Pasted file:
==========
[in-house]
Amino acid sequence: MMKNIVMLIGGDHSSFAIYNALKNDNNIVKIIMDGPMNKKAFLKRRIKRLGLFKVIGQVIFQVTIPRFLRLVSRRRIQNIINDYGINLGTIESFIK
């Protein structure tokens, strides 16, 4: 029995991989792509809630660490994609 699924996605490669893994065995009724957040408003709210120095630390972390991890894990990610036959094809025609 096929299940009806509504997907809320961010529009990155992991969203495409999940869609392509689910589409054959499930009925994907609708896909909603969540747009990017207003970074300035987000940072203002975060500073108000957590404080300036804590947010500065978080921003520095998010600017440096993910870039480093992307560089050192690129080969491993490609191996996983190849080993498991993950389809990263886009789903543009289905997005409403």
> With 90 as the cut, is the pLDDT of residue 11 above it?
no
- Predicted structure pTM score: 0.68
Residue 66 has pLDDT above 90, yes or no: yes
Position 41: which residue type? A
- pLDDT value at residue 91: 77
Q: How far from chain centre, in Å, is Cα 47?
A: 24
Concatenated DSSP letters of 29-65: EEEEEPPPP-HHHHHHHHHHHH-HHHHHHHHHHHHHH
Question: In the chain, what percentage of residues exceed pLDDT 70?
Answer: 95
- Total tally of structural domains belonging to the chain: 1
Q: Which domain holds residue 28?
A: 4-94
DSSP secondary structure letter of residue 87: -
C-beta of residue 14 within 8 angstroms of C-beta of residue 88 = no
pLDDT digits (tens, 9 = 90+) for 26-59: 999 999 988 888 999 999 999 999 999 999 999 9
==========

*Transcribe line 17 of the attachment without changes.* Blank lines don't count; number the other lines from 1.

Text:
A: 4-94